Candace Rose: Why do you think we’re seeing more young caregivers today and the caregiving demographic changing?¬†

Amy Goyer: “I think we are seeing as baby boomers are aging, we’re going to have people who have smaller families, there are going to be fewer people to actually care for the folks as they age. We’re going to have a smaller care ratio which means people who are caregiving are going to be taking on more responsibility by themselves. As we see that, we see the younger generations pitching in to help, we see baby boomers who are also needing help. We have younger caregivers who may be helping someone with temporarily fighting an illness – dealing with a hip replacement or a knee replacement surgery things like that, and then we also have people who are actually caregiving for their grandparents or their great grandparents.”


Candace Rose: What are some of the challenges family caregivers face?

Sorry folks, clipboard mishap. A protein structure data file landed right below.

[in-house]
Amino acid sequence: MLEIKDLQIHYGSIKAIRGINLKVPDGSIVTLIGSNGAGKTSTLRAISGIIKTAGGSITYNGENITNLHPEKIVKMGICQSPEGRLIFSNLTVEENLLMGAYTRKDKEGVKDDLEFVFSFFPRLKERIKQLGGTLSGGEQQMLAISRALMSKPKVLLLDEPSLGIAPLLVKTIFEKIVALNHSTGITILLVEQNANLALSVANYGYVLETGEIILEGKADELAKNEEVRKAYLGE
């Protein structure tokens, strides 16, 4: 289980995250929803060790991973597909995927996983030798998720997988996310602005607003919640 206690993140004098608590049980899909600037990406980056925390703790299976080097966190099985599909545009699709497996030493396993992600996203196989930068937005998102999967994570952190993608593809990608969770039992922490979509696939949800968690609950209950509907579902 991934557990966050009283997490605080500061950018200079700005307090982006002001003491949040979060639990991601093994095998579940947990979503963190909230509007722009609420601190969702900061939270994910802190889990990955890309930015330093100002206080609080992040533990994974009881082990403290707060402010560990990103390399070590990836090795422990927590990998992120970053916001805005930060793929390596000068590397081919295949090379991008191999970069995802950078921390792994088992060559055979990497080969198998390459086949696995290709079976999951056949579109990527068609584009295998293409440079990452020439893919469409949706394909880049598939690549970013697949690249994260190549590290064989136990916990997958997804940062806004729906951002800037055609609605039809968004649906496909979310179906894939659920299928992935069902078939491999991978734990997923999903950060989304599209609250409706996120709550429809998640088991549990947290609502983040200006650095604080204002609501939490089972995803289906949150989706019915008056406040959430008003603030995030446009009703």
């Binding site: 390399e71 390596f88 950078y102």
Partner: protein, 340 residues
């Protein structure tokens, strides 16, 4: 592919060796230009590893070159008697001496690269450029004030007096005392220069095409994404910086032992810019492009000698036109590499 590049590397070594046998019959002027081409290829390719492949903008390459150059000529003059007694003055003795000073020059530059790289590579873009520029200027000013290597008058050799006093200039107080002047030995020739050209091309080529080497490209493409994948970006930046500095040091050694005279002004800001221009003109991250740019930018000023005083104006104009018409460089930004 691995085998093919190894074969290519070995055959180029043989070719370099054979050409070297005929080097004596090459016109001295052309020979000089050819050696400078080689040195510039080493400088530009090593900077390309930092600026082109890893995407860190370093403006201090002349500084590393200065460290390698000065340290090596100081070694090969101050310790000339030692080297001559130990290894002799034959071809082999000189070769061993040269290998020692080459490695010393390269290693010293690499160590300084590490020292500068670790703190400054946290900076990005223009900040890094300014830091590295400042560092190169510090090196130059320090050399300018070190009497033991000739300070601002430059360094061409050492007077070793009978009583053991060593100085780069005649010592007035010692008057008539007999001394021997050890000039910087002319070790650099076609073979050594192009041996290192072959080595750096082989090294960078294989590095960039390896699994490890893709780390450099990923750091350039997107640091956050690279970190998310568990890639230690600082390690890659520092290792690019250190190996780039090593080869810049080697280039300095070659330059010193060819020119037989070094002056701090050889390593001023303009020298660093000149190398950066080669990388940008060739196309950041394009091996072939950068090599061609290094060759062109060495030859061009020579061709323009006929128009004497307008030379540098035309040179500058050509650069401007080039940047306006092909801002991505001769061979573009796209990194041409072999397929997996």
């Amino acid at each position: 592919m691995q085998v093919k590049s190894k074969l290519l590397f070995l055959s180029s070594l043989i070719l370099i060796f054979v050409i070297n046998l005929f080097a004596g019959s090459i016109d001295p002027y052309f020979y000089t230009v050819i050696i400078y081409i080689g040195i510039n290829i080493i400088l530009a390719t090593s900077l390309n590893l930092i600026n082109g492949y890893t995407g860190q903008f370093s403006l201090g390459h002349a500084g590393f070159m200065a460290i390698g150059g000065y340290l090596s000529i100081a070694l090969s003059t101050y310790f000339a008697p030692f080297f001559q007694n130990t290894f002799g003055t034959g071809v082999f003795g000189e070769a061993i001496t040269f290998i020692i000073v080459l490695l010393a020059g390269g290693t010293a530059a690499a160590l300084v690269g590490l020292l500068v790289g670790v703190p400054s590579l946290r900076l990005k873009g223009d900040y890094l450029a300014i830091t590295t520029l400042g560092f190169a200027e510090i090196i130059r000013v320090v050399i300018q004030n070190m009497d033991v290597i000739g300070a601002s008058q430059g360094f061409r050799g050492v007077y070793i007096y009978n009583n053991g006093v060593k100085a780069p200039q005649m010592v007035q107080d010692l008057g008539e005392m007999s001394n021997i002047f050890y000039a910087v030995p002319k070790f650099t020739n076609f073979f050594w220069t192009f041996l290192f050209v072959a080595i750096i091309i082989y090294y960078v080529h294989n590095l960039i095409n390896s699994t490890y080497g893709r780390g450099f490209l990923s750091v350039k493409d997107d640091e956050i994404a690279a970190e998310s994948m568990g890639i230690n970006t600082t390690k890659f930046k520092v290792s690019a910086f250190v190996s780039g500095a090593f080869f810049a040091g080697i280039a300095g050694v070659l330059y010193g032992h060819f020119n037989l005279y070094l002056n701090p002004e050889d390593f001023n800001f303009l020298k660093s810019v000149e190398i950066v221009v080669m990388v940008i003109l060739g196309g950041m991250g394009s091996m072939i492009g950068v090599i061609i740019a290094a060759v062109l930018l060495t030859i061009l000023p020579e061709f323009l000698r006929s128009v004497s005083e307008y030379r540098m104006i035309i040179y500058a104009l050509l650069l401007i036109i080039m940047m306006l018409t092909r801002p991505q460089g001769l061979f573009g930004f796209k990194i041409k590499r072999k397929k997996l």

Amy Goyer: “We are dealing with an awful lot. As I said, we’re juggling work because 60% are working. We’re also dealing with financial challenges. 68% of us are spending our own money to care for loved ones, I know I certainly have and that’s a time in our life when we should be saving for our own retirement, trying to deal with things in our own lives, so there’s that financial challenge. In my book ‘Juggling Life, Work, and Caregiving’ I focus a lot on these challenges – whether it’s dealing with the legal issues, the financial issues, healthcare for our loved ones and taking care of ourselves. I have a whole chapter on taking care of ourselves because we tend to put ourselves at the bottom of the list. We’re really focusing so much and putting out so much in caring for our loved ones and often for other family members too – our kids, our spouses, other people in our lives.

We put ourselves at the bottom of the list and we need to do the opposite. The first chapter in my book is about assessing our own needs because we’re the ones who are pivotal in the situation in terms of we need to look at our needs, our resources, what we can offer, what our loved one’s needs are and then we need to see how we can fill the gap by building a caregiving team.”


Candace Rose: Caregiving can be very rewarding but it’s also very stressful. Do you have any tips for caregivers who are feeling burned out or feel caregiver guilt?